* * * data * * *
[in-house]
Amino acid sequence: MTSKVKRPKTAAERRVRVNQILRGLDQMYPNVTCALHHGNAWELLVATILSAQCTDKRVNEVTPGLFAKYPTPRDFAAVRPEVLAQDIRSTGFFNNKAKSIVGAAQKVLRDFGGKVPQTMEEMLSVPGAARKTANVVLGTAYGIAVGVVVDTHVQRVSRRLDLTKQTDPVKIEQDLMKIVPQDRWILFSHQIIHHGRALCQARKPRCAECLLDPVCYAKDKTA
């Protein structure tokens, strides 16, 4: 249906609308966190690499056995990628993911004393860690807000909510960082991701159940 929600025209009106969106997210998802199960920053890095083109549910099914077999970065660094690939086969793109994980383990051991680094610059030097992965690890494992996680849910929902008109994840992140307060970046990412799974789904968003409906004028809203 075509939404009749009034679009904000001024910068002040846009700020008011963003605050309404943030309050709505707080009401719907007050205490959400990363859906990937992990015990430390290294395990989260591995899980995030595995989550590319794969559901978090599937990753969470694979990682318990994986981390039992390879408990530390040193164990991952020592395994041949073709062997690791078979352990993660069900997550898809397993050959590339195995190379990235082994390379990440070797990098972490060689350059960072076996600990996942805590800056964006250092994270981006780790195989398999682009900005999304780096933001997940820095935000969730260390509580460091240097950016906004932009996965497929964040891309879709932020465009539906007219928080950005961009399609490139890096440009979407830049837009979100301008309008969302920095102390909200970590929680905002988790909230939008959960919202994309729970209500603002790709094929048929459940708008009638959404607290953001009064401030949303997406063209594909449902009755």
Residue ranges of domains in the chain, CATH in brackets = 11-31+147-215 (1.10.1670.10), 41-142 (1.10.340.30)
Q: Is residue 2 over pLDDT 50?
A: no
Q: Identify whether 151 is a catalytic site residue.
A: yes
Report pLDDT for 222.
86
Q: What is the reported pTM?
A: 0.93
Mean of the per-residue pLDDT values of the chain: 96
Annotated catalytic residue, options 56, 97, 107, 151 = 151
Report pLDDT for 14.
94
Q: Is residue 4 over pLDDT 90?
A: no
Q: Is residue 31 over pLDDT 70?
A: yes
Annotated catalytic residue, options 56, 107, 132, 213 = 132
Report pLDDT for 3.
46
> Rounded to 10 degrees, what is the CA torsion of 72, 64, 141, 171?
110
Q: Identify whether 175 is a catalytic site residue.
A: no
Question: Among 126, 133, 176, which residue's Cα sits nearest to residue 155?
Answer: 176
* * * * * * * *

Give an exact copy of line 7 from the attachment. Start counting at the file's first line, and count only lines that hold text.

Q: Identify whether 151 is a catalytic site residue.